With rising competition for mobilising resources amongst banks, the State Bank of India has raised interest rates by 15-100 basis points on domestic term deposits, including bulk deposits, effective today. For bulk deposits (amounts Rs two crore and above), the maximum increase is in short-term money (up to one year).
The 100 basis points hike is for a 180-210 days bucket where the revised rate is 5.5 per cent per annum as against the old rate of 4.5 per cent per annum. The retail deposits, amounts up to Rs two crore, in the same bucket remained unchanged at 5.25 per cent, according to the rate card on the SBI website.
SBI said for 07-45 days bulk deposits; it will pay 4.25 per cent, up from 3.5 per cent. In bulk deposits, one year to less than two years will now attract a rate of 6.5 per cent, up from 6.0 per cent. Two years to less than three years will have a 5.75 per cent rate as against the old 5.25 per cent. The rates for three years to less than five years are also 5.75 per cent (5.25 per cent old).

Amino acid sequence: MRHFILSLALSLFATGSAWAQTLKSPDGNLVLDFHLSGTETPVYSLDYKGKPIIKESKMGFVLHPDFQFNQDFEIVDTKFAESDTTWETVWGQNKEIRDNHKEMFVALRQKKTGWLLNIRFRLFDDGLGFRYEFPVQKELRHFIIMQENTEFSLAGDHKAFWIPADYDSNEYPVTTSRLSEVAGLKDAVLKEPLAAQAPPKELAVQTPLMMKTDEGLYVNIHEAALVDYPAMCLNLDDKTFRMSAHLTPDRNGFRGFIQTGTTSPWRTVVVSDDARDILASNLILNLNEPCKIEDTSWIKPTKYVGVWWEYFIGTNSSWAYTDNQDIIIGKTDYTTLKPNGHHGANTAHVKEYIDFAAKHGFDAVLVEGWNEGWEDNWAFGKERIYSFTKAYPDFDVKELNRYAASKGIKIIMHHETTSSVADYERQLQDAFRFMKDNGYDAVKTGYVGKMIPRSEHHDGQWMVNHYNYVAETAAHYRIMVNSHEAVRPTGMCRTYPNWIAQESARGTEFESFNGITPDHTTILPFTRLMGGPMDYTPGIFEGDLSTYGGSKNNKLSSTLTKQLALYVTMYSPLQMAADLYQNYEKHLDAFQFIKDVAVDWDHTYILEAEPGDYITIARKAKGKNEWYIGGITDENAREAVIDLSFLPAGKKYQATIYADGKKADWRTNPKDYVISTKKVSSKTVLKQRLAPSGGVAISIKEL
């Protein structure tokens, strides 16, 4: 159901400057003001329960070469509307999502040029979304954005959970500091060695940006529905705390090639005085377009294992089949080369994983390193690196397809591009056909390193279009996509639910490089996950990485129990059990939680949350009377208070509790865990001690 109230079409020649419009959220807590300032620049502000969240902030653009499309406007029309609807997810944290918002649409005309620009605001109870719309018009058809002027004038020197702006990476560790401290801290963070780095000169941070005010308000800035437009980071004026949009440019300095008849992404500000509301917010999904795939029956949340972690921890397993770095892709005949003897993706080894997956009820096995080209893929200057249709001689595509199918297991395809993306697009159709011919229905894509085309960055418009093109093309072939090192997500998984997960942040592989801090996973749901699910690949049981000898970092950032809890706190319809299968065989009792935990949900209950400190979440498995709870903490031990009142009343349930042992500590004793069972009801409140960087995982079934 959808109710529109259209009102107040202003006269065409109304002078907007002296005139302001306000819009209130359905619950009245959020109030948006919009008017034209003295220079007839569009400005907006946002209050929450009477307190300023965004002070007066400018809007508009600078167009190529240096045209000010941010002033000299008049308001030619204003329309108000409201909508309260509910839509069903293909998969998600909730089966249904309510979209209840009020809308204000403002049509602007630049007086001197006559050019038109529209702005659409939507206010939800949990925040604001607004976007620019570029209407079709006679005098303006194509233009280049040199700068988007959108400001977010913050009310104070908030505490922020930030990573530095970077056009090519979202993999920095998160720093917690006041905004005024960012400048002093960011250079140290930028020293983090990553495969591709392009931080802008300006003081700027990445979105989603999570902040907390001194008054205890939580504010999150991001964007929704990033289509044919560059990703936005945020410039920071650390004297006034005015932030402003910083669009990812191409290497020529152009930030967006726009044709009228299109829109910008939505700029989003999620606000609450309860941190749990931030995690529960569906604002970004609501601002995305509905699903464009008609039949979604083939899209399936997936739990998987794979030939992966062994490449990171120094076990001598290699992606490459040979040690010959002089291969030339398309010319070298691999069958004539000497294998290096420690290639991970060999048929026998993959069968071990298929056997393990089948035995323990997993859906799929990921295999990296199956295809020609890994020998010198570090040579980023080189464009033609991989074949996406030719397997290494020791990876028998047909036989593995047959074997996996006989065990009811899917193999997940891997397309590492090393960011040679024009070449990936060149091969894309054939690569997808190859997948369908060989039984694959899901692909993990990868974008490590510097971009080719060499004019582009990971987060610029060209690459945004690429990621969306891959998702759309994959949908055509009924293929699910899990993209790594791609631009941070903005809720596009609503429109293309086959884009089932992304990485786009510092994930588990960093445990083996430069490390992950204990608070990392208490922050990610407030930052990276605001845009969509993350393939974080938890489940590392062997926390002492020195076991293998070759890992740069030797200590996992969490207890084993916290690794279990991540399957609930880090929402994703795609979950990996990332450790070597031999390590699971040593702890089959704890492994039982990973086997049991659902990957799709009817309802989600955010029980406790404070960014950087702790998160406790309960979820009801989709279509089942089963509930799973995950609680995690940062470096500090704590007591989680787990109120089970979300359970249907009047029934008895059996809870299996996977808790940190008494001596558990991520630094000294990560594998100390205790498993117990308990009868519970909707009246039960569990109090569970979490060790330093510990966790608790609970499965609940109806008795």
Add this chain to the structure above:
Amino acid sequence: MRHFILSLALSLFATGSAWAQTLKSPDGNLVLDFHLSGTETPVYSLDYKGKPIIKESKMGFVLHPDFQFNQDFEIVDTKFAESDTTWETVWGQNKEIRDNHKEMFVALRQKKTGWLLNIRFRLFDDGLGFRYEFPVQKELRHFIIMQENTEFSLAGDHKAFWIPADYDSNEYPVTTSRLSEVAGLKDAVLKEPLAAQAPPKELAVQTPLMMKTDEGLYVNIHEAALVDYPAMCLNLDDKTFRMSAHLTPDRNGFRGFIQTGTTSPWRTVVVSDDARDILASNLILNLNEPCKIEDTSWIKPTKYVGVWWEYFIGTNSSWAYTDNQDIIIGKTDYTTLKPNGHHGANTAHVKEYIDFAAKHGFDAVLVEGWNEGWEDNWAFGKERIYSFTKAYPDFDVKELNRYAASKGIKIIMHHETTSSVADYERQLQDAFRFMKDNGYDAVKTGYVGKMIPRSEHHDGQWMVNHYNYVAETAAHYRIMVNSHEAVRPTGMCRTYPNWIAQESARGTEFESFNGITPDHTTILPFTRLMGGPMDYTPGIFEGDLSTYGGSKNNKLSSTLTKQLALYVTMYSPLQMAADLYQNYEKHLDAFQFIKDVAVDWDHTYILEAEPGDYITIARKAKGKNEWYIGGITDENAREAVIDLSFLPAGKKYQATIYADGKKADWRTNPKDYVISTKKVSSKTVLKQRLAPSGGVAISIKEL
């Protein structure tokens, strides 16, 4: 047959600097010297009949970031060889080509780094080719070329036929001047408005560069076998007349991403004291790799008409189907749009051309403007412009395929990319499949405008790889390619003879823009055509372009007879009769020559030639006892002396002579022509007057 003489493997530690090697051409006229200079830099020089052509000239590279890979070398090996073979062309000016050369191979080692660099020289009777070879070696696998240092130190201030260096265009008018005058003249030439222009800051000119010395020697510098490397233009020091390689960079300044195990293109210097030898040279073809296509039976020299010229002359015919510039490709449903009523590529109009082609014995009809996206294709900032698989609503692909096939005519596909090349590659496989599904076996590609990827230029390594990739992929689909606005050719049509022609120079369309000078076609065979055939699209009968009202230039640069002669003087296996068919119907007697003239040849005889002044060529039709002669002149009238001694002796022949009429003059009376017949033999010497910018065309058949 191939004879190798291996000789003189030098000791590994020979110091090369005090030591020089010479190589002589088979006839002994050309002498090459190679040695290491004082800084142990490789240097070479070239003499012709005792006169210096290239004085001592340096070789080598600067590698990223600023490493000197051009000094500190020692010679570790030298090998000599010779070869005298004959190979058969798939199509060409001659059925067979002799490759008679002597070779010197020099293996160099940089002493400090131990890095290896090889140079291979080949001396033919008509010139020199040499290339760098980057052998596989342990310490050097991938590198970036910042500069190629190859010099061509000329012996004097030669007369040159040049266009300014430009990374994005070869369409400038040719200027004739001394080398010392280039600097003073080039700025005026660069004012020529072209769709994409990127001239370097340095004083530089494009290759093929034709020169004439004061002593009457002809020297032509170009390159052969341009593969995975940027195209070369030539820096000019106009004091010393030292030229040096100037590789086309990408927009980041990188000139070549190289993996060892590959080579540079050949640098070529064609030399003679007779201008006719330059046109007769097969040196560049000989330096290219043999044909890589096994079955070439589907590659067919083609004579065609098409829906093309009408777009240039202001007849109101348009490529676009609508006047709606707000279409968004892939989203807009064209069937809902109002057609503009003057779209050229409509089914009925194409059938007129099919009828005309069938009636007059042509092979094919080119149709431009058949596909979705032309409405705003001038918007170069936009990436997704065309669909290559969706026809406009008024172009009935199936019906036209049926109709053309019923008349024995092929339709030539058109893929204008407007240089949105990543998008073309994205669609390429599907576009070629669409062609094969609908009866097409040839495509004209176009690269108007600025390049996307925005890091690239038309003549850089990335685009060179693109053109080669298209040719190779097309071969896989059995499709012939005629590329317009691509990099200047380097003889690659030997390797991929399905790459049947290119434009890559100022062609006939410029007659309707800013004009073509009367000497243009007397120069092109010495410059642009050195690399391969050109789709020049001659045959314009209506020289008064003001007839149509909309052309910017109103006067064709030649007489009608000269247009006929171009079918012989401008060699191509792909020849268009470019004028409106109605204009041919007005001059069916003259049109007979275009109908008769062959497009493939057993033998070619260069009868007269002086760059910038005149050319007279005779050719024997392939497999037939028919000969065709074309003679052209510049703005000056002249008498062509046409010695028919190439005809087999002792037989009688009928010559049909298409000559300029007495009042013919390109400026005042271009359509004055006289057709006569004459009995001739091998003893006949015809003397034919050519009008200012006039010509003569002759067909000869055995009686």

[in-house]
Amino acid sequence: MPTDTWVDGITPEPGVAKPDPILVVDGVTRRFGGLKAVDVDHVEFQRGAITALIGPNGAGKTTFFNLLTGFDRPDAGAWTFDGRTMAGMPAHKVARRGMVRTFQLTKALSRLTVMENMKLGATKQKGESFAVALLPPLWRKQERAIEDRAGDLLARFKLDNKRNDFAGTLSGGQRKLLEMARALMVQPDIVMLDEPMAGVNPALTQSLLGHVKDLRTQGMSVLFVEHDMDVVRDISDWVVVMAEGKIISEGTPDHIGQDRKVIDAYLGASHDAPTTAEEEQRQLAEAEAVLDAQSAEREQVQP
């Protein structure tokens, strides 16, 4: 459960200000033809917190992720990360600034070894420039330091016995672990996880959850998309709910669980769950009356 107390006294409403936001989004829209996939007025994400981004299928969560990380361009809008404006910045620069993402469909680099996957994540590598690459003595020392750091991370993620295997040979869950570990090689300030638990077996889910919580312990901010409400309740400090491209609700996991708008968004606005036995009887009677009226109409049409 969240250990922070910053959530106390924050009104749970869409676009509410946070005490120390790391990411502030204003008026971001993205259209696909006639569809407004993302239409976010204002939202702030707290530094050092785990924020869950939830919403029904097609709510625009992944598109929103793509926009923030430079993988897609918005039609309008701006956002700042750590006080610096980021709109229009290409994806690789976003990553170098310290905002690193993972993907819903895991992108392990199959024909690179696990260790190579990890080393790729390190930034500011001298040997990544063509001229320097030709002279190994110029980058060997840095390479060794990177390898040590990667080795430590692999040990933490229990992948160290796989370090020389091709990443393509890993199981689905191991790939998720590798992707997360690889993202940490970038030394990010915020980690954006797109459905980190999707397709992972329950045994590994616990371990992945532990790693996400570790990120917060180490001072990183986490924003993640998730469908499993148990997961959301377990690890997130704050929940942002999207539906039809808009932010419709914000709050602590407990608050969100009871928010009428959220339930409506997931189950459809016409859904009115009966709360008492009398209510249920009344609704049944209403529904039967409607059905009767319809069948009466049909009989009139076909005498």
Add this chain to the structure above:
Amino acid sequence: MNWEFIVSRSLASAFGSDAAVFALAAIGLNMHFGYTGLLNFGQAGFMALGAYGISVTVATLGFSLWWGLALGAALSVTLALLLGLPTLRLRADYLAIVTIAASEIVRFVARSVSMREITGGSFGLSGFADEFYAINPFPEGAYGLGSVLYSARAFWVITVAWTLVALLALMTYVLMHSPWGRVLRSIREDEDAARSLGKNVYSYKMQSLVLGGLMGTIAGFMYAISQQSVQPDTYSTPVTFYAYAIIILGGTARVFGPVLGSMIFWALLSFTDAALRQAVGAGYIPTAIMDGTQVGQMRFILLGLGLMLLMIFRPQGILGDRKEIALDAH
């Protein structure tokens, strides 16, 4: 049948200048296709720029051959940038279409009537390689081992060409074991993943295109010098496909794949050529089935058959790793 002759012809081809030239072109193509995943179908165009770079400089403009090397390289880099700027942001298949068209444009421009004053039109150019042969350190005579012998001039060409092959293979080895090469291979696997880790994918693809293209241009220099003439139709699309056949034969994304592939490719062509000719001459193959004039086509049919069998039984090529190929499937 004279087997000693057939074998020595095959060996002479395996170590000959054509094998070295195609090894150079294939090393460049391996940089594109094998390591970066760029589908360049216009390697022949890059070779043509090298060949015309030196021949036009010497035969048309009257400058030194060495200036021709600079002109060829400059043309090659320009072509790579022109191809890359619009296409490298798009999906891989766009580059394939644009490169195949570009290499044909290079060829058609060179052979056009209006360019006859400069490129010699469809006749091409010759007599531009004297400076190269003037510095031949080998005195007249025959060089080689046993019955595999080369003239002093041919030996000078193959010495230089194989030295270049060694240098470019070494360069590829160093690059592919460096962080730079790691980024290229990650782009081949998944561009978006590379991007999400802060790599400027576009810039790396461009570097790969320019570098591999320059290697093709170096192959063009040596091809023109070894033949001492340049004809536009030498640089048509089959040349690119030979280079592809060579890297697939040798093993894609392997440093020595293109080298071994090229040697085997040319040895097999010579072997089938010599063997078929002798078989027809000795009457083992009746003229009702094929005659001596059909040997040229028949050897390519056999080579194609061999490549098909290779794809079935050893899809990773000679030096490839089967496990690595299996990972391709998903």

Bankers said the gap between year-on-year growth in deposits and advances is wide now. This has pushed banks to increase interest rates and also step up efforts across branch networks and digital platforms for mobilising resources.
According to Reserve Bank of India data, banking systems deposits stood at Rs 172.9 trillion on November 18, 2022, registering a growth of 9.6 per cent year-on-year (YoY). The outstanding credit stood at Rs 129.47 trillion, registering 17.2 per cent YoY growth.
Meanwhile, in absolute terms, bank deposits have increased by Rs 15.2 trillion over the last twelve months. The credit has expanded by Rs 18.98 trillion in the same period.
Rating agency CareEdge said the liquidity has generally been trending down, with RBI seeking to reduce excess liquidity from the system to manage inflation. The banking system liquidity surplus has narrowed to around Rs 1.5 trillion from Rs 6.3 trillion at the start of FY23.